Yet even when the first teams arrived, two more high-profile players were excluded for the rest of the season on Tuesday: Bradley Beal of Washington and Spencer Dinwiddie of the nets.

Beal’s decision was no surprise, as he had voiced numerous security concerns and restrictions on players once inside the NBA bubble. He was officially ruled out due to the persistent effects of a shoulder injury, leaving Washington without his top three players: Beal, the former All-Star John Wall injured and Davis Bertans, the Washington striker who recently announced that he would not he would play guard against injury as he enters a potentially profitable off-season as a free agent.

Dinwiddie, who tested positive for coronavirus last week and again on Monday, had headaches and dizziness. He announced on Twitter that he and the networks had made a joint decision to end his breakout season while remaining symptomatic. With an average of 20.6 points and 6.8 assists per game, Dinwiddie is one of at least five network veterans who will not be available to restart, joining Kevin Durant, Kyrie Irving, DeAndre Jordan and Wilson Chandler.

On Tuesday, the nets were in talks to sign veteran Amir Johnson to replace Jordan, according to two people who were not allowed to publicly discuss the team’s plans. Jordan also tested positive for coronavirus last week and immediately excluded itself from restarting. Chandler cited familiar reasons for not playing; Durant (Achilles tendon) and Irving (shoulder) are recovering from injury.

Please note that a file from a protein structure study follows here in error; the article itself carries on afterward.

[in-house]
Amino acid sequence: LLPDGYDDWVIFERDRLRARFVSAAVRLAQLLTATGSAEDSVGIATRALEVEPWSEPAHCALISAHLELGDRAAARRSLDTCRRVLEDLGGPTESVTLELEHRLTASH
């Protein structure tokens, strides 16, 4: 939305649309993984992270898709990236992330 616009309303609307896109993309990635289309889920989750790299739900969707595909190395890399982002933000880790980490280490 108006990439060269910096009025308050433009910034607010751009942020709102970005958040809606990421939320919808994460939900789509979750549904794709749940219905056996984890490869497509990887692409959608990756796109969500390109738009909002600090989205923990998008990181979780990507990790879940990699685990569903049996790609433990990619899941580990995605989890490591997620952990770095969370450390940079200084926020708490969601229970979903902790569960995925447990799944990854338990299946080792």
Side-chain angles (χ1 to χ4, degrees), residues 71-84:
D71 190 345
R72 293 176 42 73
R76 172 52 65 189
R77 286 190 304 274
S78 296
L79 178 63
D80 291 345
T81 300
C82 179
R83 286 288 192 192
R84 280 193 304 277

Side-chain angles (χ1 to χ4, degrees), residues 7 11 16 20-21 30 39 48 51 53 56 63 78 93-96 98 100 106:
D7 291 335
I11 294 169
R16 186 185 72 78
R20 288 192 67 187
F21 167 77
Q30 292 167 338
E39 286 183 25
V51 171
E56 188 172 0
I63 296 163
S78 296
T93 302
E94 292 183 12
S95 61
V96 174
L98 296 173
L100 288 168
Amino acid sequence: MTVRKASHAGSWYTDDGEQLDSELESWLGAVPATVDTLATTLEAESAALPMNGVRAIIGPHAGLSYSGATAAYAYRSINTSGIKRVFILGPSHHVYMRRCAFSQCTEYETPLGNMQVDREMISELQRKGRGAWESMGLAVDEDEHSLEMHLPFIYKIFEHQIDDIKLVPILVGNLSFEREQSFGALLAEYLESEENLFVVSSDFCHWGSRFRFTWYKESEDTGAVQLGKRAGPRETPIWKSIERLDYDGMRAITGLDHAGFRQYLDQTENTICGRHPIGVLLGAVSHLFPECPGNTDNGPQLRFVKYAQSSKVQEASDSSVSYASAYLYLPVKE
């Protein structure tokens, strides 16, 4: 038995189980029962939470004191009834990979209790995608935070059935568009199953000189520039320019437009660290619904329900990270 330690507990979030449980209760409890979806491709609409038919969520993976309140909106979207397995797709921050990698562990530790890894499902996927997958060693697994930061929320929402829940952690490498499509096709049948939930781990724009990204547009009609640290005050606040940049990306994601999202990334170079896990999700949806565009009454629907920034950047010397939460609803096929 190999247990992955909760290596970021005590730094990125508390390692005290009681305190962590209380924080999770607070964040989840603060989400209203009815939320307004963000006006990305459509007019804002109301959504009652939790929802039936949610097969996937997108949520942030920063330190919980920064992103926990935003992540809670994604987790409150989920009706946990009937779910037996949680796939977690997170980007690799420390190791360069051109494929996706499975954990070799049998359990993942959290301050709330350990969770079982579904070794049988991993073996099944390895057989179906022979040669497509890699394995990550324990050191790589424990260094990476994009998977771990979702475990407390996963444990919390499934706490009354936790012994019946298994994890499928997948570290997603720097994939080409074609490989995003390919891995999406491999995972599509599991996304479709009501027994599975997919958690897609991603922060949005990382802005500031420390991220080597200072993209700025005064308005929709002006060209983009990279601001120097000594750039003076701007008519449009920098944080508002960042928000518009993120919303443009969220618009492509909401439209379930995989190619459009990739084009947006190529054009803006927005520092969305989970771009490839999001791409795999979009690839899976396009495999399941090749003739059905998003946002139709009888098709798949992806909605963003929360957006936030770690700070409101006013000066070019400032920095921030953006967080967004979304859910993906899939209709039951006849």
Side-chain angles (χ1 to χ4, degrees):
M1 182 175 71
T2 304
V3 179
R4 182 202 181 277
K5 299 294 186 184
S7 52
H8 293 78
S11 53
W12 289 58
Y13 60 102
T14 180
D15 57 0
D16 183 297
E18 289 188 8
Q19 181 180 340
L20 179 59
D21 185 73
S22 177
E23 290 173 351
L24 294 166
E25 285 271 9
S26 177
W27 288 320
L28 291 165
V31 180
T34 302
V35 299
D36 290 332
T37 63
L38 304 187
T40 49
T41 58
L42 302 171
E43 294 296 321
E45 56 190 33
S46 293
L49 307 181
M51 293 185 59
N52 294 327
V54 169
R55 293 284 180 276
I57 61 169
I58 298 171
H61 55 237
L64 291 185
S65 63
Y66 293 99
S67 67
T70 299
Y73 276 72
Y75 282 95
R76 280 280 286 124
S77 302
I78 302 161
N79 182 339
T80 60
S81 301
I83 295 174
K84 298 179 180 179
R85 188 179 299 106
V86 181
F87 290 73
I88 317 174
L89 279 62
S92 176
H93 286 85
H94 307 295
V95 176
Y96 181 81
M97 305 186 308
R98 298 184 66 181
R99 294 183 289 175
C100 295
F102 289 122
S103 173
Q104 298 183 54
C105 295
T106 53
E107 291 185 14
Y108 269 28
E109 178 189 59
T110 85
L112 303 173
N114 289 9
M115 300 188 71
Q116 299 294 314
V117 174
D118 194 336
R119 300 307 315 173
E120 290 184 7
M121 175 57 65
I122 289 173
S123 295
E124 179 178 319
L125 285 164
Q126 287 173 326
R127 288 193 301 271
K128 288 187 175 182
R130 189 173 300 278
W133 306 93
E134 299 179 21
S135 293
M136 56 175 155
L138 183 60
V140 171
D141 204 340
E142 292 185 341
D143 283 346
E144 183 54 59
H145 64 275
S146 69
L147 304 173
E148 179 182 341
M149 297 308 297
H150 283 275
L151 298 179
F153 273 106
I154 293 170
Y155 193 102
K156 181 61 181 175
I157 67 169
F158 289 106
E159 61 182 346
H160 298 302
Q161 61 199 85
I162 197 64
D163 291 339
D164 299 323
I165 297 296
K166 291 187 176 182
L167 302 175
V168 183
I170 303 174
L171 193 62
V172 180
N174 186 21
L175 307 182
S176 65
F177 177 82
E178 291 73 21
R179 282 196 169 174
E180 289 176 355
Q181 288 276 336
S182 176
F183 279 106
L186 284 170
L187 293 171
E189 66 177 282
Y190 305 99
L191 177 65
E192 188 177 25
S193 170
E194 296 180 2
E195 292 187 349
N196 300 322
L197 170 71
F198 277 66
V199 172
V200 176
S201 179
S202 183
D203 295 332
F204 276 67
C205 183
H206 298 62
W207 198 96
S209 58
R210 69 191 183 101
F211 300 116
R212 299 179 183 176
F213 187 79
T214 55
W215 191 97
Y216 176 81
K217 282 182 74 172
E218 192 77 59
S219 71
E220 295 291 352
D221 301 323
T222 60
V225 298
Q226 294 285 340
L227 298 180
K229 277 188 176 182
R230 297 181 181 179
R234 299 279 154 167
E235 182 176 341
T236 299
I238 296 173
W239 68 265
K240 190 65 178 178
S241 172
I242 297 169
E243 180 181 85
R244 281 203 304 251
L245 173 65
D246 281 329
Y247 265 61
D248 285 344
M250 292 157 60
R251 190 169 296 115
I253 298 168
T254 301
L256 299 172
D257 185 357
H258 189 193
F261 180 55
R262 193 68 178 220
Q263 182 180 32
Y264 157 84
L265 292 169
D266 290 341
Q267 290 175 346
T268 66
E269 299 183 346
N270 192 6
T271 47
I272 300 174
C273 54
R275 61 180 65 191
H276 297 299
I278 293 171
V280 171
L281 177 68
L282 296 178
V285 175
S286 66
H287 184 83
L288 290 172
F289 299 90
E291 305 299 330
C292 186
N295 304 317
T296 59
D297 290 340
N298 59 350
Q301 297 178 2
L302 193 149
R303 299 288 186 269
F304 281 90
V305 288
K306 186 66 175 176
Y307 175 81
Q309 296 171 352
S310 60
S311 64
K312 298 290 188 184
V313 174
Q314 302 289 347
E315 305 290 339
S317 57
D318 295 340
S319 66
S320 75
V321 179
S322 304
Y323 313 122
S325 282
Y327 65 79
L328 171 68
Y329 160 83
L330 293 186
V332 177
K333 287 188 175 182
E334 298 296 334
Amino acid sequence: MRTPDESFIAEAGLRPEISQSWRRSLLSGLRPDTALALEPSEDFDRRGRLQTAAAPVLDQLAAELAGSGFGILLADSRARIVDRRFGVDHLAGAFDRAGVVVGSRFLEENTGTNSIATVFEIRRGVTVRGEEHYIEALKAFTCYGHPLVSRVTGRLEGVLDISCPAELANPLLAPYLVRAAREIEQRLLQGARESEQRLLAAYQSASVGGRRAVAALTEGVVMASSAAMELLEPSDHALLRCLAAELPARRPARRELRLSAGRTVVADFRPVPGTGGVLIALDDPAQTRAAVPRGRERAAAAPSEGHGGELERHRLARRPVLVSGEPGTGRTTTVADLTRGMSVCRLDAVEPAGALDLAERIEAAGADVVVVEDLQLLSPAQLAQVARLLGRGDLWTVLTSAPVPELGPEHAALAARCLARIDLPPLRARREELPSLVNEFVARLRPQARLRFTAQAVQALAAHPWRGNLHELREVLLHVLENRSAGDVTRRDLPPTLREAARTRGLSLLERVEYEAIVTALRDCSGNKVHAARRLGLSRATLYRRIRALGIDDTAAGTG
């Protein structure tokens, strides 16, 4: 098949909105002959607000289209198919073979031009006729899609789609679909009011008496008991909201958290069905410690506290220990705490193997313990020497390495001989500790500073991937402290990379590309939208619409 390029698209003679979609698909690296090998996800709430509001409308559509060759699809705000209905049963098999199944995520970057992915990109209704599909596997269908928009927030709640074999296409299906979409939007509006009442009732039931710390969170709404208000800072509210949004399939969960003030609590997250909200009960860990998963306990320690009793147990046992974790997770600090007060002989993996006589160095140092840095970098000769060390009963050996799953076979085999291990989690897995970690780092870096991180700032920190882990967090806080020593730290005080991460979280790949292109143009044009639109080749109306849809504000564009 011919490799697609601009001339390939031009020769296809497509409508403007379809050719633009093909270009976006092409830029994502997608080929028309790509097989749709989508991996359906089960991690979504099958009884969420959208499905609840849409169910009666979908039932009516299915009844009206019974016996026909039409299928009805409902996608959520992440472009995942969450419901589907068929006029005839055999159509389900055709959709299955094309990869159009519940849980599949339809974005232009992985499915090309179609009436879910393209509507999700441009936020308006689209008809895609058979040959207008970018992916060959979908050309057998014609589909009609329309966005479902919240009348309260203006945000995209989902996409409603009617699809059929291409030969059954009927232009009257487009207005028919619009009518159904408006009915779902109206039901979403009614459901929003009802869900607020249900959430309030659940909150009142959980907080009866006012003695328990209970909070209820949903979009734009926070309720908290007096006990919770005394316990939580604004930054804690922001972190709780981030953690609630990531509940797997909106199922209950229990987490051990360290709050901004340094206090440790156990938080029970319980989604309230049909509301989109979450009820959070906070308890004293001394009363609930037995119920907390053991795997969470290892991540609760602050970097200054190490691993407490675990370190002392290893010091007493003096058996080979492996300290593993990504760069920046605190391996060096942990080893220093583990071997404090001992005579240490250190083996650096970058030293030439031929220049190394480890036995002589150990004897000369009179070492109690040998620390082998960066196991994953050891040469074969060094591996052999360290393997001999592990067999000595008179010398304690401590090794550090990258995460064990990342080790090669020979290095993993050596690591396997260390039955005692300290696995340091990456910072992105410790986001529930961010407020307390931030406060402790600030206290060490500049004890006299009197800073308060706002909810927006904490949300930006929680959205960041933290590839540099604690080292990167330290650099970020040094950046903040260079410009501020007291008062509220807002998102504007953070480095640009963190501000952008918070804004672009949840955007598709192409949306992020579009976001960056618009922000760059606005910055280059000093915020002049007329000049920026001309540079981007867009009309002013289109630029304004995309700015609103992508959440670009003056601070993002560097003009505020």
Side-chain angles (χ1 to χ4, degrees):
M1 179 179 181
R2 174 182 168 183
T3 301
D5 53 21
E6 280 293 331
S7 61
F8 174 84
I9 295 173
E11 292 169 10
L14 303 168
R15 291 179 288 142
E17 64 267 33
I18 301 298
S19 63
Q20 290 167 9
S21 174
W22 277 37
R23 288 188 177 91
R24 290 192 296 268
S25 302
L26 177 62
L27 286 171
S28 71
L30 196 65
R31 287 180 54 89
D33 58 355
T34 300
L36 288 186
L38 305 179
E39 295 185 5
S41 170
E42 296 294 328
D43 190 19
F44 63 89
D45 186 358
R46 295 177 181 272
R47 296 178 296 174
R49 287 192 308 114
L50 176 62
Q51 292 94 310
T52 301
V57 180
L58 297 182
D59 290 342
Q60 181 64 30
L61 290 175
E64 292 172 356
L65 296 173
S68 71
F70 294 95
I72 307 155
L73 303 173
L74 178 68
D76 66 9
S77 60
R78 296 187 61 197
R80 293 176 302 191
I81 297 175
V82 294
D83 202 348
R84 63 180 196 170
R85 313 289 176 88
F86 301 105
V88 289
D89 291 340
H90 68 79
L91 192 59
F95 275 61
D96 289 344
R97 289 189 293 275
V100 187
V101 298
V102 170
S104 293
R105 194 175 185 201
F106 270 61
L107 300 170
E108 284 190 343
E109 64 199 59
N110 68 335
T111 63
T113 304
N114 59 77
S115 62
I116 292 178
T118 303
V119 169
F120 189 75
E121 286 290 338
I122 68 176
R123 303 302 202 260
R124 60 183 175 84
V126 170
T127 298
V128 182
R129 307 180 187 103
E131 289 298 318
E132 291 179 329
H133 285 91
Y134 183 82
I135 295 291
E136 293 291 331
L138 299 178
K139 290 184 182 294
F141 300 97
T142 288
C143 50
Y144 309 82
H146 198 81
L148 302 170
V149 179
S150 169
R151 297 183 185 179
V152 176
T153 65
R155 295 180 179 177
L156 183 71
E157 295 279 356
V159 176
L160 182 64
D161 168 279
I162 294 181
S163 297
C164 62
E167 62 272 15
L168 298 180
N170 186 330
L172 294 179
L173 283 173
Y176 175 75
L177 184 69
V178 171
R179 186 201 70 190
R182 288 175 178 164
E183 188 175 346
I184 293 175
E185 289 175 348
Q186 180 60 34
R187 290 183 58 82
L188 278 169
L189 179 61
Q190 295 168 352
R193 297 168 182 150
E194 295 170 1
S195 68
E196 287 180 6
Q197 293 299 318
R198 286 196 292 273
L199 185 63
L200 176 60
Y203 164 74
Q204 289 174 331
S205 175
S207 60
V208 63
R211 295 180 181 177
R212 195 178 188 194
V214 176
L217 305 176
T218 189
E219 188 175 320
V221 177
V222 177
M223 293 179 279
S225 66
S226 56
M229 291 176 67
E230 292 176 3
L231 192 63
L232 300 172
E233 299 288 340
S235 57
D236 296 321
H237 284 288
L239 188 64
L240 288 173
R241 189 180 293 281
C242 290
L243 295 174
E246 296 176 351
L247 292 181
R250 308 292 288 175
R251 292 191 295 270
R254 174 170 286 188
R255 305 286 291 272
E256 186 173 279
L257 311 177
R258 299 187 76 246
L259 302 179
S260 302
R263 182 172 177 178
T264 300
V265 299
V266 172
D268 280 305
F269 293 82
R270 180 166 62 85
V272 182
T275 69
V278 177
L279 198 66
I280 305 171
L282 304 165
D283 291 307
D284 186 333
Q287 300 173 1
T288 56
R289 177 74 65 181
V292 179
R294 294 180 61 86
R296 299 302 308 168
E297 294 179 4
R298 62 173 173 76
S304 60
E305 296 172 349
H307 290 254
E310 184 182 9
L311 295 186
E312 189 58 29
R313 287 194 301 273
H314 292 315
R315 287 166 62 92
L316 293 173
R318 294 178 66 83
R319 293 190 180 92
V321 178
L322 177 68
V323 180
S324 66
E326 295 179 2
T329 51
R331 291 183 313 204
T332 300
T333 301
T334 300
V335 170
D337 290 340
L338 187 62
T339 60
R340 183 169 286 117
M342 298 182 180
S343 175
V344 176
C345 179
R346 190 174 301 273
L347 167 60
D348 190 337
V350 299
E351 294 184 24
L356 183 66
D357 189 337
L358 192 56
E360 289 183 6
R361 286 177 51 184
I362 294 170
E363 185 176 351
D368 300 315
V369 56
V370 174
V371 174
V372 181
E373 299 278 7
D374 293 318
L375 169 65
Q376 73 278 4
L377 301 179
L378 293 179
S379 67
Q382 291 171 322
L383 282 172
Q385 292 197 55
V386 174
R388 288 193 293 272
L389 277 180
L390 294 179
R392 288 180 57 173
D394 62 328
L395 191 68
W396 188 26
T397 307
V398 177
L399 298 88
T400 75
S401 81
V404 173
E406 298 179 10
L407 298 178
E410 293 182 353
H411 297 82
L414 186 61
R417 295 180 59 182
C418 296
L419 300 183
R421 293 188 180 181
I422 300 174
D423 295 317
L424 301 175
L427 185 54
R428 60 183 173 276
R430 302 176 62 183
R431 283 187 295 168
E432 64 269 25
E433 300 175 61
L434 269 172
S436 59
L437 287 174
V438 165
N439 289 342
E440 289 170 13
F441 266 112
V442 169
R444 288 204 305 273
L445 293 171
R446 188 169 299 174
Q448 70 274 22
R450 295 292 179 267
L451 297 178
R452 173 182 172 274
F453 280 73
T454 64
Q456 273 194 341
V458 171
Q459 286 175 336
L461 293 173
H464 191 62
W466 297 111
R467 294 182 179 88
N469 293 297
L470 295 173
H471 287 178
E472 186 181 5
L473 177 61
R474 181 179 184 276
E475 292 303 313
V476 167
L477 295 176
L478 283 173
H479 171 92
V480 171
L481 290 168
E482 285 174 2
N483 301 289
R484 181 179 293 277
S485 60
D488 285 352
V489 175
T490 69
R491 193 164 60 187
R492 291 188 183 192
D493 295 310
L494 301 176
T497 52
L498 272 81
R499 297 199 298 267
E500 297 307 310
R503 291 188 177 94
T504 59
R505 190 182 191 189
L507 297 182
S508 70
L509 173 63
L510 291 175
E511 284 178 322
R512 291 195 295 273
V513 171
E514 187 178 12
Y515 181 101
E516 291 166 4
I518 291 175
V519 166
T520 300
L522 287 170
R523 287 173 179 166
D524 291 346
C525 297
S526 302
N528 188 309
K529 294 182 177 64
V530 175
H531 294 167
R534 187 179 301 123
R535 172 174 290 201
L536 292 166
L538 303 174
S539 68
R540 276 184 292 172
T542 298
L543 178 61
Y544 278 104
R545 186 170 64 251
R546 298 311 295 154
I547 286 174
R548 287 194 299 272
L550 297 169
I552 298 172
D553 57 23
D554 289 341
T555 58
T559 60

The uncomfortable reality for the league at the start of such an important week is that an increasing number of players have expressed concern about the restart, raising concerns that go beyond the coronavirus and the risk of injury, although the fact that at least seven of the 22 Disney-related teams in the past two weeks have closed their practice facilities at some point due to positive tests that have certainly raised concerns.

Nets Garrett Temple, a vice president of the National Basketball Players Association, acknowledged in an interview Sunday that there is considerable anxiety on the part of players about the challenges of life and play on the Disney campus for at least six weeks and potentially up to three months for teams reaching the final.

“I guess more than half of the league, of the players who are going, have had second thoughts,” Temple said on Sunday, describing his condition as “nervous anxiety.”

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